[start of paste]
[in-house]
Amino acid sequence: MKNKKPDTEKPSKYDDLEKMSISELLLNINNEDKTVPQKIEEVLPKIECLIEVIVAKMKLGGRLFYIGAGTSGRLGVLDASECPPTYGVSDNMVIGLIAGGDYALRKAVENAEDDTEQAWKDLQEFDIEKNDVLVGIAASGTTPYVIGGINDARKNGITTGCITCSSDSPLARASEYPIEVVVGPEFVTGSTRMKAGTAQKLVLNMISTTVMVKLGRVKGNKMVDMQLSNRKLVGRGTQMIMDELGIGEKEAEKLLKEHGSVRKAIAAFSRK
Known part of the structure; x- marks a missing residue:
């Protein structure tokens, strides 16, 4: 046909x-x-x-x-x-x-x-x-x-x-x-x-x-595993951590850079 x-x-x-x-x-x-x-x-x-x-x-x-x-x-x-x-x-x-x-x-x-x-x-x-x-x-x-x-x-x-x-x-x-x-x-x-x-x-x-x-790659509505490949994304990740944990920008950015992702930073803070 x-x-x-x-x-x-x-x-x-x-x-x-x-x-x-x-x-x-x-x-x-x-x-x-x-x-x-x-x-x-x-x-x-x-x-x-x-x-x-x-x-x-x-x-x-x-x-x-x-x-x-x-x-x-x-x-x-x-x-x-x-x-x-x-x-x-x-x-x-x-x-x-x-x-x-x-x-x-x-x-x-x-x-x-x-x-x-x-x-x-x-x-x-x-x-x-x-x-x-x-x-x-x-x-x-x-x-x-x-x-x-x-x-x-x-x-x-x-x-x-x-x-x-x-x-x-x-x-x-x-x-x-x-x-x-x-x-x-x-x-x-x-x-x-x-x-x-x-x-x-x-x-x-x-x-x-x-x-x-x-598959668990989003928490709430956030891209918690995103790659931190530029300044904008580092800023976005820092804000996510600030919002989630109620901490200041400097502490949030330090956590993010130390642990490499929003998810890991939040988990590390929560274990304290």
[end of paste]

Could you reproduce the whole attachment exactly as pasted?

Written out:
[in-house]
Amino acid sequence: MKNKKPDTEKPSKYDDLEKMSISELLLNINNEDKTVPQKIEEVLPKIECLIEVIVAKMKLGGRLFYIGAGTSGRLGVLDASECPPTYGVSDNMVIGLIAGGDYALRKAVENAEDDTEQAWKDLQEFDIEKNDVLVGIAASGTTPYVIGGINDARKNGITTGCITCSSDSPLARASEYPIEVVVGPEFVTGSTRMKAGTAQKLVLNMISTTVMVKLGRVKGNKMVDMQLSNRKLVGRGTQMIMDELGIGEKEAEKLLKEHGSVRKAIAAFSRK
Known part of the structure; x- marks a missing residue:
């Protein structure tokens, strides 16, 4: 046909x-x-x-x-x-x-x-x-x-x-x-x-x-595993951590850079 x-x-x-x-x-x-x-x-x-x-x-x-x-x-x-x-x-x-x-x-x-x-x-x-x-x-x-x-x-x-x-x-x-x-x-x-x-x-x-x-790659509505490949994304990740944990920008950015992702930073803070 x-x-x-x-x-x-x-x-x-x-x-x-x-x-x-x-x-x-x-x-x-x-x-x-x-x-x-x-x-x-x-x-x-x-x-x-x-x-x-x-x-x-x-x-x-x-x-x-x-x-x-x-x-x-x-x-x-x-x-x-x-x-x-x-x-x-x-x-x-x-x-x-x-x-x-x-x-x-x-x-x-x-x-x-x-x-x-x-x-x-x-x-x-x-x-x-x-x-x-x-x-x-x-x-x-x-x-x-x-x-x-x-x-x-x-x-x-x-x-x-x-x-x-x-x-x-x-x-x-x-x-x-x-x-x-x-x-x-x-x-x-x-x-x-x-x-x-x-x-x-x-x-x-x-x-x-x-x-x-x-598959668990989003928490709430956030891209918690995103790659931190530029300044904008580092800023976005820092804000996510600030919002989630109620901490200041400097502490949030330090956590993010130390642990490499929003998810890991939040988990590390929560274990304290």